(fifteen) is the natural number following 14 and preceding 16. In English, it is the smallest natural number with seven letters in its spelled name.
In spoken English, the numbers 15 and 50 are often confused because they sound similar. When carefully enunciated, they differ in which syllable is stressed: 15 /fɪfˈtiːn/ vs 50 /ˈfɪfti/. However, in dates such as 1500 ("fifteen hundred") or when contrasting numbers in the teens, the stress generally shifts to the first syllable: 15 /ˈfɪftiːn/. In a 24-hour clock, the fifteenth hour is in conventional language called three or three o'clock
is the magnitude or dimensions of a thing, or how big something is. Size can be measured as length, width, height, diameter, perimeter, area, volume, or mass.
In mathematical terms, "size is a concept abstracted from the process of measuring by comparing a longer to a shorter". Size is determined by the process of comparing or measuring objects, which results in the determination of the magnitude of a quantity, such as length or mass, relative to a unit of measurement. Such a magnitude is usually expressed as a numerical value of units on a previously established spatial scale, such as meters or inches.
The sizes with which humans tend to be most familiar are body dimensions (measures of anthropometry), which include measures such as human height, and human body weight. These measures can, in the aggregate, allow the generation of commercially useful distributions of products that accommodate expected body sizes, as with the creation of clothing sizes and shoe sizes, and with the standardization of door frame dimensions, ceiling heights, and bed sizes. The human experience of size can lead to a psychological tendency towards size bias, wherein the relative importance or perceived complexity of organisms and other objects is judged based on their size relative to humans, and particularly whether this size makes them easy to observe without aid.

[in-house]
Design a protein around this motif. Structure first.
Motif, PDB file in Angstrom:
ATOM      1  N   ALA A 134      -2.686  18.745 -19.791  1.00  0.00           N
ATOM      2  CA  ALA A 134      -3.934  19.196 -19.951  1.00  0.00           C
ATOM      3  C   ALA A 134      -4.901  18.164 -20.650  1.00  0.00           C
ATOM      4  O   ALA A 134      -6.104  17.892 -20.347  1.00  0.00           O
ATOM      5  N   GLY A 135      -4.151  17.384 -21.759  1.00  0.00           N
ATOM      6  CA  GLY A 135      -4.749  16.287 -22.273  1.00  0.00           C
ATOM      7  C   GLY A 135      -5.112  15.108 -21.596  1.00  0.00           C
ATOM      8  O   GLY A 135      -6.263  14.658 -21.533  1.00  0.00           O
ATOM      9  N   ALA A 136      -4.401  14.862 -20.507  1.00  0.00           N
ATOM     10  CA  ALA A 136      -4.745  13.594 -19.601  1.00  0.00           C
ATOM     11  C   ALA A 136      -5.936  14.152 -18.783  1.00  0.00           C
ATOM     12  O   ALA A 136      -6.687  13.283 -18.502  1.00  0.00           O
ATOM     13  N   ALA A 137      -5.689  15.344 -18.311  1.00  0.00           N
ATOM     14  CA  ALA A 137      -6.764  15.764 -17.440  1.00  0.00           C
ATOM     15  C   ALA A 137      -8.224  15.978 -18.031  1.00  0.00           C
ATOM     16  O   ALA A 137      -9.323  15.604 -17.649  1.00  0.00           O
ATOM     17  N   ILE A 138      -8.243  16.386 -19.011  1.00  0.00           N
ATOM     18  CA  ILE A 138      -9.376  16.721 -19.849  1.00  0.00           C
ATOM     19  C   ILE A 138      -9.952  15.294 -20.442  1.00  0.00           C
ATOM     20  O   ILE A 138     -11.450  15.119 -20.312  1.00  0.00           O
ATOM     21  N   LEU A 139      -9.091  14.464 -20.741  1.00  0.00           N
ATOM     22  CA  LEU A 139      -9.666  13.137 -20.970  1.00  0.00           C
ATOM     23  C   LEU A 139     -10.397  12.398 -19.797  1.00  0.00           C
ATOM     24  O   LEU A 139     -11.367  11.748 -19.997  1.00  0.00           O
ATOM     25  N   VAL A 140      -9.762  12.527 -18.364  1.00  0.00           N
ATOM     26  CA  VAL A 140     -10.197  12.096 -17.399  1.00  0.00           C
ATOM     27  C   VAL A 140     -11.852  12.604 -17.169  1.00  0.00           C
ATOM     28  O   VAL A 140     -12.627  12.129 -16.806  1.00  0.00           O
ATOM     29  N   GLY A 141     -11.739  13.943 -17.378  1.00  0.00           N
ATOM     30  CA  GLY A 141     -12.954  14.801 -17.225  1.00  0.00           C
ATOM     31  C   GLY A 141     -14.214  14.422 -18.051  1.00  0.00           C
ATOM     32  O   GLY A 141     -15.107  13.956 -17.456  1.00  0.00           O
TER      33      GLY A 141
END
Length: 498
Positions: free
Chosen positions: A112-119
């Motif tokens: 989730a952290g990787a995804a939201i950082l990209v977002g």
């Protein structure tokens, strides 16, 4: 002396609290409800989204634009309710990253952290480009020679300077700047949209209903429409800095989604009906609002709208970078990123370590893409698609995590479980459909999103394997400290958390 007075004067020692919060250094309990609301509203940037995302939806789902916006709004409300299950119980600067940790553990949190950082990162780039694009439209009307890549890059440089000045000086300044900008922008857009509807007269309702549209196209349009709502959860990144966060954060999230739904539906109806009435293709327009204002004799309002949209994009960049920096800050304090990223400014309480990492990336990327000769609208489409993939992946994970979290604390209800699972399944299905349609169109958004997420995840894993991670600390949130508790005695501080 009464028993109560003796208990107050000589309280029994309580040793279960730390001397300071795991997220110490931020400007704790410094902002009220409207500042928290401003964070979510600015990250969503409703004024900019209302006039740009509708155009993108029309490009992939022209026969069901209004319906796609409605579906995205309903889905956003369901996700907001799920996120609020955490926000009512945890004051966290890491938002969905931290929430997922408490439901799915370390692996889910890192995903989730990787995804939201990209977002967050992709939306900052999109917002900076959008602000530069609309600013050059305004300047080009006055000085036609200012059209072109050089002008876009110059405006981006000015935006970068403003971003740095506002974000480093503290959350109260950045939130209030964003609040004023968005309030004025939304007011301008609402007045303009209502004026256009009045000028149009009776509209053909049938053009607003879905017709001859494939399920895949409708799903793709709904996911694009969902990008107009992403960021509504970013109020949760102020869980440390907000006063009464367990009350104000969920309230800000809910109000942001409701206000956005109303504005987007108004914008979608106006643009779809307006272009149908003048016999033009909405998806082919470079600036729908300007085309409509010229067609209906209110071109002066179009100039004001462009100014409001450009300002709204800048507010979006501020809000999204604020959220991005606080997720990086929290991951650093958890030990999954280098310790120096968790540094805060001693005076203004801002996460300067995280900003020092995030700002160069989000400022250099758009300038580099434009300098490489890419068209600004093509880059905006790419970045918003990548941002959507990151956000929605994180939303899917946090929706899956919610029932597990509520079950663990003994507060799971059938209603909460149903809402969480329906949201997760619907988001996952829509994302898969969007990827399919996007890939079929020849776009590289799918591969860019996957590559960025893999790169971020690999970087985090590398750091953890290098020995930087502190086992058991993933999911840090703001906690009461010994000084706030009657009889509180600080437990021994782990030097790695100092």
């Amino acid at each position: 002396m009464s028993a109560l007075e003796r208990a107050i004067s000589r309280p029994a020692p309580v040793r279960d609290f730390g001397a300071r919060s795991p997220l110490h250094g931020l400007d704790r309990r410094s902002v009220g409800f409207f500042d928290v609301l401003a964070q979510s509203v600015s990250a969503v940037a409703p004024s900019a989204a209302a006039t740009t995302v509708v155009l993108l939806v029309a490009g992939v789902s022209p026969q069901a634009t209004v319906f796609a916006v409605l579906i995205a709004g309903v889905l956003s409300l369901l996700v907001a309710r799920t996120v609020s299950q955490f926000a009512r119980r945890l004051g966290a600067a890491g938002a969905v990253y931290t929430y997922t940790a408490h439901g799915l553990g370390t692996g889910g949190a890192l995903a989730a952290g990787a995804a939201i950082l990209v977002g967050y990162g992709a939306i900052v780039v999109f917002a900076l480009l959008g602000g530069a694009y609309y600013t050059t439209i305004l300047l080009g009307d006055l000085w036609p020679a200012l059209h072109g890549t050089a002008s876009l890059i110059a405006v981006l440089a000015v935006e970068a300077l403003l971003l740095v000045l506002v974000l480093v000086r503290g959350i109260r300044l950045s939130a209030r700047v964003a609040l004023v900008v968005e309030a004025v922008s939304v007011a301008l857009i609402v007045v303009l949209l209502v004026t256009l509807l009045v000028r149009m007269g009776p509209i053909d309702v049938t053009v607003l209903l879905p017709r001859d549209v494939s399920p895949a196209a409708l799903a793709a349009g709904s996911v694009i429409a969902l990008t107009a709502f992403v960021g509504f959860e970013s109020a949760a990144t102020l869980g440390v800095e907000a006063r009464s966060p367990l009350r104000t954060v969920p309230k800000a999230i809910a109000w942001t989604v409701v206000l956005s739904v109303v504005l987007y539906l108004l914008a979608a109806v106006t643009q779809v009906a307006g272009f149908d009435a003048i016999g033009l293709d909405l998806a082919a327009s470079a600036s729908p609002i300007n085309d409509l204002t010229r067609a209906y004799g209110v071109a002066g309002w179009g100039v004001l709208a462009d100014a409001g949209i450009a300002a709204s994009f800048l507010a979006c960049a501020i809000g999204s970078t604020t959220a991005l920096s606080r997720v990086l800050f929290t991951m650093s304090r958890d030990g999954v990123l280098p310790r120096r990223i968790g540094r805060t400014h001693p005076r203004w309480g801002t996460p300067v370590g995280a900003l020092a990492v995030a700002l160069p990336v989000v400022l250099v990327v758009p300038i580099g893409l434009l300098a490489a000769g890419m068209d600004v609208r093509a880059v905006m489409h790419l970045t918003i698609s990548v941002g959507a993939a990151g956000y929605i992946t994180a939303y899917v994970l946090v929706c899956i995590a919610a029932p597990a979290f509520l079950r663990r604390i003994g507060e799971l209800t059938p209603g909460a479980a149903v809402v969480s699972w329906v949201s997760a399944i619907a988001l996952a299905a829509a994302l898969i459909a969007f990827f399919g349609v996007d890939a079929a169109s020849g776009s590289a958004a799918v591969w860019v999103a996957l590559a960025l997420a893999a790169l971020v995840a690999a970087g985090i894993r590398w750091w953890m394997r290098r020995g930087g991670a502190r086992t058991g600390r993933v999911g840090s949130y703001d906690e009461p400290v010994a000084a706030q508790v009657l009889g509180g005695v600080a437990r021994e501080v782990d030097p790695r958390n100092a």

is the darkest color, resulting from the absence or complete absorption of light. Like white and grey, it is an achromatic color, literally a color without hue. It is one of the four primary colors in the CMYK color model, along with cyan, yellow, and magenta, used in color printing to produce all the other colors. Black is often used to represent darkness; it is the symbolic opposite of white (or brightness).
Black was one of the first colors used by artists in neolithic cave paintings. In the 14th century, it began to be worn by royalty, the clergy, judges and government officials in much of Europe. It became the color worn by English romantic poets, businessmen and statesmen in the 19th century, and a high fashion color in the 20th century.
In the Roman Empire, it became the color of mourning, and over the centuries it was frequently associated with death, evil, witches and magic. According to surveys in Europe and North America, it is the color most commonly associated with mourning, the end, secrets, magic, force, violence, evil, and elegance.
(often shortened to volcanics in scientific contexts) is a rock formed from magma erupted from a volcano. In other words, it differs from other igneous rock by being of volcanic origin. Like all rock types, the concept of volcanic rock is artificial, and in nature volcanic rocks grade into hypabyssal and metamorphic rocks and constitute an important element of some sediments and sedimentary rocks. For these reasons, in geology, volcanics and shallow hypabyssal rocks are not always treated as distinct. In the context of Precambrian shield geology, the term "volcanic" is often applied to what are strictly metavolcanic rocks.
Volcanic rocks are among the most common rock types on Earth's surface, particularly in the oceans. On land, they are very common at plate boundaries and in flood basalt provinces. It has been estimated that volcanic rocks cover about 8% of the Earth's current land surface.